by Robert Lea
May 12, 2023
from Space Website
swirling cloud of fiery gases
The blast lasted for three years
and is over ten times as powerful
as the brightest supernova...
witnessed the largest explosion in space.
supernova explosions only last a
few months, this explosive event has been raging for at least three
The blast is around 8
billion light-years from Earth and thus occurred when the universe
was just 6 billion years old.
Both of these systems are designed to survey the night sky for astronomical events that rapidly change in brightness over time, also known as "transients."
This change in brightness
can indicate a supernova or a gamma-ray burst (GRB) deep in
the universe or something much closer to home like a comet or an
Wiseman and the team of astronomers think that AT2021lwx may be the result of a black hole violently disrupting a cloud of gas with a mass thousands of times greater than the sun.
As it did so, the black
hole swallowed fragments of the gas cloud, sending shockwaves into
both what remains of the gas and into a wider donut-shaped torus of
dust surrounding it, causing them to emit bright electromagnetic
Even though that is quite long for a GRB, it means that AT2021lwx has put out far more energy over its entire lifetime than this gamma-ray burst did in its own.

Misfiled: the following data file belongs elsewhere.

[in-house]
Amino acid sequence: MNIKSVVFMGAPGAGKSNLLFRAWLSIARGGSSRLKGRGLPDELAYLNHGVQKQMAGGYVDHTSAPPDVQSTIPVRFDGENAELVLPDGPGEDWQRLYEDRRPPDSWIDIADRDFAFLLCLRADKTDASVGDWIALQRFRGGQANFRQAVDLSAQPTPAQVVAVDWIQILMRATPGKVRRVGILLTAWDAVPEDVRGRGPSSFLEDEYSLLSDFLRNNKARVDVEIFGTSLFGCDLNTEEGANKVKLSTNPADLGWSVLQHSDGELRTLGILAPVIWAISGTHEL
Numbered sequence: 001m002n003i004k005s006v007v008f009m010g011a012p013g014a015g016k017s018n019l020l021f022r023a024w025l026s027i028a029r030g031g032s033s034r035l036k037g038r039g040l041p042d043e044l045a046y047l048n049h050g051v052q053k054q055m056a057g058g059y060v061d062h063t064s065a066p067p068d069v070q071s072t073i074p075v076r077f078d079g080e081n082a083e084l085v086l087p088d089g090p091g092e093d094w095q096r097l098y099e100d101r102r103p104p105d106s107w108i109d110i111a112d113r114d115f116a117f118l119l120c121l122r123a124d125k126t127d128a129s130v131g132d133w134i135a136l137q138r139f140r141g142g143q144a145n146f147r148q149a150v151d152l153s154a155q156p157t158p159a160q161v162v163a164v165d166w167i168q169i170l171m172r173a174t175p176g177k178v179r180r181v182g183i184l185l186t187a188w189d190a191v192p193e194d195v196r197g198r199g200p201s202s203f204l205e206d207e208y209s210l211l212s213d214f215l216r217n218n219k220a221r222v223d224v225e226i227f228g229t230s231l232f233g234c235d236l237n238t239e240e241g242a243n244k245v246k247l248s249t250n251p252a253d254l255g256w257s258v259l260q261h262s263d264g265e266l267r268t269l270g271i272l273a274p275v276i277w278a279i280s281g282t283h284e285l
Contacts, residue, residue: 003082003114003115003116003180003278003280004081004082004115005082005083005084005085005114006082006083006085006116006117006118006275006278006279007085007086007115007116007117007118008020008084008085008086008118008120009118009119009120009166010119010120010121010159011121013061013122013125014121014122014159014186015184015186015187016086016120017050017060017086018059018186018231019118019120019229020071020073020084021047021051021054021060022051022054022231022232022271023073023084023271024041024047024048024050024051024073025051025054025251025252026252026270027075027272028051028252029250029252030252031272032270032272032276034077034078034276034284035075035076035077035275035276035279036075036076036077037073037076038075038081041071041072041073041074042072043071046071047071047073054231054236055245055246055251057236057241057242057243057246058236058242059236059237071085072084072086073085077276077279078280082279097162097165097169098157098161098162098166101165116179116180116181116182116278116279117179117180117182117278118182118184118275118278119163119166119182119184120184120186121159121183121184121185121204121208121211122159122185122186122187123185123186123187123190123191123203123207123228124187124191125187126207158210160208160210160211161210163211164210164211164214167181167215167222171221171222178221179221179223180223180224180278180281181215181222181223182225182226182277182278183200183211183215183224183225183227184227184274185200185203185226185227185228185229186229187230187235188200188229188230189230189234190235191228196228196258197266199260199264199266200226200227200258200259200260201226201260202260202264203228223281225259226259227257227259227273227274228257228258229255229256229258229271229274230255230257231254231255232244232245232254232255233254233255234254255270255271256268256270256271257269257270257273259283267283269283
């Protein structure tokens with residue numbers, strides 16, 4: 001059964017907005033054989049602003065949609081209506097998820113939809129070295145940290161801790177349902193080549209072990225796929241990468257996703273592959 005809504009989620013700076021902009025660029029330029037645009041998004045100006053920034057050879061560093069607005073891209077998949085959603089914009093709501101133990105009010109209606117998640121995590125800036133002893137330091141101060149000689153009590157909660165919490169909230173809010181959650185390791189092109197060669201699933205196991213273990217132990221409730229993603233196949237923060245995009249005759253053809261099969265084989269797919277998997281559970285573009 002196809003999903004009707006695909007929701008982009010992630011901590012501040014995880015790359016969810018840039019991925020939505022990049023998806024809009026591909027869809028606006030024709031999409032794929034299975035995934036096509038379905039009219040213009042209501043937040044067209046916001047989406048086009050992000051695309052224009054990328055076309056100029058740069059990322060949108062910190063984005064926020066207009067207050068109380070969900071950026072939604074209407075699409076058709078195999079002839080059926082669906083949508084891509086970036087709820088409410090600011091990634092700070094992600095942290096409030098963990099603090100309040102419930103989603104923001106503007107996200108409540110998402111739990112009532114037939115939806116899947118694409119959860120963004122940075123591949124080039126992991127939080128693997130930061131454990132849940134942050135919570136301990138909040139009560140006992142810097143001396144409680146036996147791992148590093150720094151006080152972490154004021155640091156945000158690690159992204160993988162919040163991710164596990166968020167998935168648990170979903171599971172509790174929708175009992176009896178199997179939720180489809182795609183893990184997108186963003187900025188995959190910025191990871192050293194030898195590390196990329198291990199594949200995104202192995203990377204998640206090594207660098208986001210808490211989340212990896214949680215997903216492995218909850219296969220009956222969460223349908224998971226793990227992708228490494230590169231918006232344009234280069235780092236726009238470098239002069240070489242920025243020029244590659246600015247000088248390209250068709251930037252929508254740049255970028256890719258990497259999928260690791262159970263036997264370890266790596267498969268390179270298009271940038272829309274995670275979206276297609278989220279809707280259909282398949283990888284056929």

Following these observations, the researchers took the spectrum of light that was emitted from the event and split it down into its constituent wavelengths, measuring how light was emitted and absorbed around the event.
This allowed the researchers to calculate the distance to the source of AT2021lwx.
The only thing in the known universe that is as bright as AT2021lwx are supermassive black holes.
When these black holes feed on stellar gases that fall into them at high velocities, they can let off incredibly bright emissions known as quasars.
Though there are other possible explanations for the explosive event, the astronomers currently favor the explanation that sees an extremely large cloud of mostly gaseous hydrogen or dust that was knocked from its orbit around the black hole and sucked into it.
This will only be
conclusively determined when the team has collected more data about
They will also conduct computer simulations to discover if their model of a titanic gas cloud disrupted by a black hole could account for AT2021lwx.
The team's research is
discussed in a paper (Multiwavelength
observations of the extraordinary accretion event AT2021lwx)
published in the journal Monthly Notices of the Royal